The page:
After being in business for ten years it looks like a few other retailers are finally learning the Apple lesson. As for my personal thoughts on Steve Jobs, I love all of my Apple products including my iPod, my iPad and my MacBook Pro.

Lee Peterson
Guest
9 years 7 months ago

To me, the Apple stores are one of his most impressive creations. Showing an industry how to create a very simple environment that produces over 100x the average industry $ per square foot is unprecedented work. Hopefully, new leadership will be able to carry on, but you have to wonder. He will truly be missed.

Ted Hurlbut
Guest
Ted Hurlbut
9 years 7 months ago
The word ‘genius’ is pretty freely bandied about these days, but Steve Jobs was a genius. He was to his era what Thomas Edison was to his, perhaps more. He is being described, upon his death, as a visionary. He was all of that. When I think of his impact on retailing, two things come to mind. First, retailing at its foundations is all about compelling products that people want and need. Steve Job’s vision, his genius, was in conceiving of and creating those products. The power of Apple as a retailer is the power of the products that Steve Jobs created. There’s a lot of noise, a lot of smoke and mirrors that surrounds retailing. Steve Jobs stripped retailing back to its essence, the products themselves, and in the process created perhaps the very best retailer in existence today. Second, and perhaps more profoundly, for a techie, for a product development guy, Steve Jobs had an uncanny ability to think beyond technology, beyond products, to consumers themselves, and anticipate how his technology could be… Read more »
Craig Sundstrom
Guest
9 years 7 months ago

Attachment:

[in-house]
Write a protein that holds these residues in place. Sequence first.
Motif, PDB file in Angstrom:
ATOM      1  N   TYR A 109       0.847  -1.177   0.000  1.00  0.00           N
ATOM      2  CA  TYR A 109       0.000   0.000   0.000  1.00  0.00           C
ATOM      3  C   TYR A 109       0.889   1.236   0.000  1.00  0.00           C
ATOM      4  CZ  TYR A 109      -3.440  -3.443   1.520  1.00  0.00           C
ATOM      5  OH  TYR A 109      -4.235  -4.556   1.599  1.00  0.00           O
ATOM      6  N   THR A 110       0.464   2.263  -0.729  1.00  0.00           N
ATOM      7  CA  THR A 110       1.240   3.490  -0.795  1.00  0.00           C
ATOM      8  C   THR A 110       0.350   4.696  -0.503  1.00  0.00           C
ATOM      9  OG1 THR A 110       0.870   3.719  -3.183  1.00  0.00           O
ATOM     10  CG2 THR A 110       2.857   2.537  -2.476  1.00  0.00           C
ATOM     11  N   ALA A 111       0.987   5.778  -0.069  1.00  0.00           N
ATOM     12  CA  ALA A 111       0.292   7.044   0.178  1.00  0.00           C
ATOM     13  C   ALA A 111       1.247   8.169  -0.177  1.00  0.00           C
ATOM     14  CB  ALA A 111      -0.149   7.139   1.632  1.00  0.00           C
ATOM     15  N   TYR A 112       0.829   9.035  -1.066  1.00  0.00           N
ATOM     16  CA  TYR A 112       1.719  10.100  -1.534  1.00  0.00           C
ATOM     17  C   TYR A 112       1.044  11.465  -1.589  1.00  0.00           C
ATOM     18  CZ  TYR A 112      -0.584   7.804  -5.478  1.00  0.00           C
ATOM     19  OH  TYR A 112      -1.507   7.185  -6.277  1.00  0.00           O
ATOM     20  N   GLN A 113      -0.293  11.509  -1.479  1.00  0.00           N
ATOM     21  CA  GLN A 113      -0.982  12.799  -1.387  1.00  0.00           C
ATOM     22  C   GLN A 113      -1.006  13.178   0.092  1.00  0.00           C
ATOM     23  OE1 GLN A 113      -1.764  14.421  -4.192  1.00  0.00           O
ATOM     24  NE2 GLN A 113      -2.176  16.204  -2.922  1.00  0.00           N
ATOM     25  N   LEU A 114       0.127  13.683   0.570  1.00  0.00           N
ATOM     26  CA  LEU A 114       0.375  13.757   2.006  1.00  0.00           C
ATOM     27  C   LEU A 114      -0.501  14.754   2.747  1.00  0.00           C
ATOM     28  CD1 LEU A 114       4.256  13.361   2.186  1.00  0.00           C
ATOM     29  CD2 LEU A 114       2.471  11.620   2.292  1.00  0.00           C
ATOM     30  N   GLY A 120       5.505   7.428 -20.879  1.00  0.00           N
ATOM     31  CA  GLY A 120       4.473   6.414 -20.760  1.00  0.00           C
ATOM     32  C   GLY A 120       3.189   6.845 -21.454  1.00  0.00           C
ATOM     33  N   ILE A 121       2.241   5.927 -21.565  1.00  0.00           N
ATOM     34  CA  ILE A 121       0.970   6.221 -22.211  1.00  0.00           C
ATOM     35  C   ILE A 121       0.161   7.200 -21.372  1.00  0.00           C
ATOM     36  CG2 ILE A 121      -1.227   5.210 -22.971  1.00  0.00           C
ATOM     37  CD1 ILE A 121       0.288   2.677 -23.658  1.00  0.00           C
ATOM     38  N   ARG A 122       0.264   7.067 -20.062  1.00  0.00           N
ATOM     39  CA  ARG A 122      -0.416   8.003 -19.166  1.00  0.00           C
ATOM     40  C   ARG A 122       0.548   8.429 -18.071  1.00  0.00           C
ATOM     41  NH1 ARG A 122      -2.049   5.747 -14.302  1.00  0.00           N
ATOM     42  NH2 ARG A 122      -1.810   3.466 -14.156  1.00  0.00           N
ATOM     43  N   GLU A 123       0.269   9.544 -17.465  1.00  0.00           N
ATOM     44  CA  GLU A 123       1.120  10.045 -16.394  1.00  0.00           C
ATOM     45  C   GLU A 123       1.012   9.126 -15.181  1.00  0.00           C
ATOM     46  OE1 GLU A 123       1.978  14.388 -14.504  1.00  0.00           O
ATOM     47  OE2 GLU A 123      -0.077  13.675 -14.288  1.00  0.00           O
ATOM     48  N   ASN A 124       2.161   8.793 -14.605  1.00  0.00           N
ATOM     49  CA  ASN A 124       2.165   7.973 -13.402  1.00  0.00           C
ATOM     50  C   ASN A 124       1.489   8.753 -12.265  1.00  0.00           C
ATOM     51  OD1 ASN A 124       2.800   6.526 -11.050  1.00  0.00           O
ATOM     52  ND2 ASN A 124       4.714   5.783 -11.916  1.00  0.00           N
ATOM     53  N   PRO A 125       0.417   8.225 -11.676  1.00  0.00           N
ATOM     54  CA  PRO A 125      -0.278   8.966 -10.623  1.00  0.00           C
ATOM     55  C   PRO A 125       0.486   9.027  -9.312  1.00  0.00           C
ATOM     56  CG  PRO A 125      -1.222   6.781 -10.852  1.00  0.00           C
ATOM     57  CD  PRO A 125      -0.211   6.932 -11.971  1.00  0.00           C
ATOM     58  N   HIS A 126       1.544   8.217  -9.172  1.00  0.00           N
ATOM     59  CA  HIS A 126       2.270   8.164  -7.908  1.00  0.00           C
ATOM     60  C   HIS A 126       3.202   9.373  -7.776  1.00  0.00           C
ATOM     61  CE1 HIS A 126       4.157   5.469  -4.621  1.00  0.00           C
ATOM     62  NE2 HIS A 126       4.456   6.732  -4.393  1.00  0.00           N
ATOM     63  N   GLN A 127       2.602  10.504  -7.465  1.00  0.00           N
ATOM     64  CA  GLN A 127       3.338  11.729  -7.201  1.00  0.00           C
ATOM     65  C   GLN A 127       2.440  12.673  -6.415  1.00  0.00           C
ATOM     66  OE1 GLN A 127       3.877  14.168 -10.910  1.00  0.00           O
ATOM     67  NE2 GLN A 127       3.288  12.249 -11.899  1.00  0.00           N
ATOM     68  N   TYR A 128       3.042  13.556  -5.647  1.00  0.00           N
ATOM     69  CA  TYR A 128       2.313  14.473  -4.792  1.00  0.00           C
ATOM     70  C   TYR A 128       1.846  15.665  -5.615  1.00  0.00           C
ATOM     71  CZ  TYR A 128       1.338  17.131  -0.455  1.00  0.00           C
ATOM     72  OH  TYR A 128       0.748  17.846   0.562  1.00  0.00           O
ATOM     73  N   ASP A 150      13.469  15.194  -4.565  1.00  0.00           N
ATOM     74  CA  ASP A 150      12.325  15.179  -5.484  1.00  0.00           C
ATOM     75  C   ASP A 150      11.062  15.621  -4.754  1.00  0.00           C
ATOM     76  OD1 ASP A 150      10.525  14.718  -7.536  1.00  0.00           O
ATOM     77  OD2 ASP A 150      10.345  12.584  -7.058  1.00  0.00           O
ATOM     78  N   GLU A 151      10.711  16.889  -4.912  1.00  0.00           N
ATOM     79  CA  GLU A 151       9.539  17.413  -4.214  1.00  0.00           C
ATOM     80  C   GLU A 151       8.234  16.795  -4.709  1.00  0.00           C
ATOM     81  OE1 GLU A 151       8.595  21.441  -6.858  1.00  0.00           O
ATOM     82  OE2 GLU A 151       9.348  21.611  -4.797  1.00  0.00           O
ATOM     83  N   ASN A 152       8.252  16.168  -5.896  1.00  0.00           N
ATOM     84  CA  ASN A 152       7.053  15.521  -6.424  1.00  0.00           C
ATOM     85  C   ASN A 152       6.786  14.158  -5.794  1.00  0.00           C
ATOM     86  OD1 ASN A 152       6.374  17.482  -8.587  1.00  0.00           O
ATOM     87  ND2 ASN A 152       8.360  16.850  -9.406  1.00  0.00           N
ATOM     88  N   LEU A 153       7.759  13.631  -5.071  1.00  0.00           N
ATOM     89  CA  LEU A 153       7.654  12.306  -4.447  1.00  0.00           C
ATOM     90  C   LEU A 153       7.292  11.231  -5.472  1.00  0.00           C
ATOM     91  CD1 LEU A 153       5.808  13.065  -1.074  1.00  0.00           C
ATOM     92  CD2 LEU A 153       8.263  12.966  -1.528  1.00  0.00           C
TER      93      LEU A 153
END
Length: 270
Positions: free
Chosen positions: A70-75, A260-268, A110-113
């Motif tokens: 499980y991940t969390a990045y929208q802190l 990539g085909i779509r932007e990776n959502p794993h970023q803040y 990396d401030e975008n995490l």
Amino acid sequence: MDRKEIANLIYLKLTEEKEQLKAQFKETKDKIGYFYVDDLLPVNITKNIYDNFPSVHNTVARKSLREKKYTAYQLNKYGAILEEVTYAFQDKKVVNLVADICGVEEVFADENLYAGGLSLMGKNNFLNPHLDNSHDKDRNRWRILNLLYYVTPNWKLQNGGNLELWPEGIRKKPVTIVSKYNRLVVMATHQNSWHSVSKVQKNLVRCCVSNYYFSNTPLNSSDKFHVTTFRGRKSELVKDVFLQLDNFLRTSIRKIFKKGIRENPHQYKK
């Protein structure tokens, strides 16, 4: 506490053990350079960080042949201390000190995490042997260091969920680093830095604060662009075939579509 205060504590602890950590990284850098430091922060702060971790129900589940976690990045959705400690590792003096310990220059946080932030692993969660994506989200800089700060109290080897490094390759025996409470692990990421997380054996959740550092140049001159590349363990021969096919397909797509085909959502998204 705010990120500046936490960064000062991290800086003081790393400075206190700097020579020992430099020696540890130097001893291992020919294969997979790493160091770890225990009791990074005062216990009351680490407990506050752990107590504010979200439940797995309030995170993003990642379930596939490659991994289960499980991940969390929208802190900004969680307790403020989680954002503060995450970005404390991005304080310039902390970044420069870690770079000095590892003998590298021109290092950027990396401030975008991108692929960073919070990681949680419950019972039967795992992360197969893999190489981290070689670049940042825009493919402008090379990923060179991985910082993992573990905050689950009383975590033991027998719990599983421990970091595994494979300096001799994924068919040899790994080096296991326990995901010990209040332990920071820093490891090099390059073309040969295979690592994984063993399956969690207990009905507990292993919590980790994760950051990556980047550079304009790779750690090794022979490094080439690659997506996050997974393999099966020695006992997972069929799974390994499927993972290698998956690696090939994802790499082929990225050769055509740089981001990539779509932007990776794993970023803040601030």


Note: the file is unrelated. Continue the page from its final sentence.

Yesterday, I looked at a number of Jobs related YouTube videos, and a statement he makes on one of them stands out (certainly within the context of RW), to the effect that Apple’s success was due to finding out what the customer wanted, not simply having a product — however great — and trying to “sell it” (i.e. force it on people). Exactly how true this was with regard to Apple I don’t know, since the video pointed out that they had a number of innovative products that never caught on, but certainly the thought is noteworthy.

As for Jobs’ life in general, it’s problematic: these comeback kid and man-against-the-(foolish)-world stories are always great when they involve someone who truly IS right, and when perseverance pays off, but history, of course, is riddled with the bodies of dumb ideas and people who couldn’t take the hint after a thousand “no”s. It’s nice to be a genius, I guess.

Paul Flanigan
Guest
Paul Flanigan
9 years 7 months ago

What I take away from Steve Jobs is his absolutely relentless pursuit of excellence. He never gave up, he never let anyone get in his way, and it paid off for him, for his company, and for the millions of loyal fans and evangelists.

The guy just never quit. That’s awesome.

Doug Stephens
Guest
Doug Stephens
9 years 7 months ago

Dream, Disrupt, Design and Delight.

James Tenser
Guest
9 years 7 months ago
I believe comparing the late Steve Jobs to Thomas Edison is not too big a reach. His product innovations helped to alter the experience of people’s lives at a scale that may rival the phonograph and the electric light. And Jobs’ portfolio of successes — spanning media, hardware, design and retail — ranks up there as well. Remember, Edison didn’t just invent the incandescent bulb — he also needed to invent the electric utility to make it work. Jobs didn’t just invent the iPod and iPhone — he also needed to invent iTunes and the App store to make them work. That’s the definition of big thinking — at the ecosystem level. I admire Jobs for that, although I confess I don’t think I liked his personality very much. His autocratic style and public persona grated on me. Edison reputedly possessed some similar traits — relentless drive and media showmanship. He located his first “invention factory” in Menlo Park, NJ, while Jobs located Apple in Cupertino, a few miles south of Menlo Park, CA. Not… Read more »